Although the atomic theory proposed by John Dalton created a basic structure of the atom, the general idea of molecules was not cleared. In 1809, Frech chemist Joseph-Louis Gay-Lussac and others began doing numerous experiments with gases by measuring the amounts of gass that actually reacted. They found that two volumes of hydrogen reacted with one volume of oxygen to form two volumes of water, and that one volume of hydrogen gas reacted with one volume of chlorine gas to form two volumes of hydrogen chloride gas.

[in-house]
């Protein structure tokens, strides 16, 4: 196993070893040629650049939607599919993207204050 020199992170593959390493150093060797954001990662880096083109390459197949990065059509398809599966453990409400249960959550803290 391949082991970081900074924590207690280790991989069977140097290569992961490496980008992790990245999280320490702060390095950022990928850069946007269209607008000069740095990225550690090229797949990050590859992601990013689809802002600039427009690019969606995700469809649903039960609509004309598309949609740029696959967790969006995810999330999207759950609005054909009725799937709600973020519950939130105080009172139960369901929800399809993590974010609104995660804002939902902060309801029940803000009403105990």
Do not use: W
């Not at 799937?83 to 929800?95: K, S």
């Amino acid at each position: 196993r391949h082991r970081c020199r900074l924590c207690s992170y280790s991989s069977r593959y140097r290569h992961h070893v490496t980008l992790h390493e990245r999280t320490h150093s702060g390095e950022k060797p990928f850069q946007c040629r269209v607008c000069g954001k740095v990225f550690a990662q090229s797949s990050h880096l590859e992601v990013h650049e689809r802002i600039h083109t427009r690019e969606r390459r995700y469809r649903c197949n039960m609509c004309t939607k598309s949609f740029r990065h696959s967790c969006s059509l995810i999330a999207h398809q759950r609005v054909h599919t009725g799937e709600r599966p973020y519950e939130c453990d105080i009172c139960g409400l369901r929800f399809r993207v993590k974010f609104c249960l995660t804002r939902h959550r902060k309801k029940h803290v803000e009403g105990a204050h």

In 1811, Avogadro proposed the following law:
"Equal volumes of ideal or perfect gases, at the same temperature and pressure, contain the same number of particles, or molecules."
This Law is later confirmed experimentally. With the basis of Avogadro's Laws, it became possible to compare the relative weights of various melecules and atoms.
According to Avogadro's Law:
n: Number of moles, V: Volume, T: Temperature (Constant), P: Pressure (Constant)
Example: The reaction in which hydrogen and oxygen combine to form water can be displayed as the following.
The number of molecules in one mole, that is the number of atoms in exactly 12 grams of carbon-12.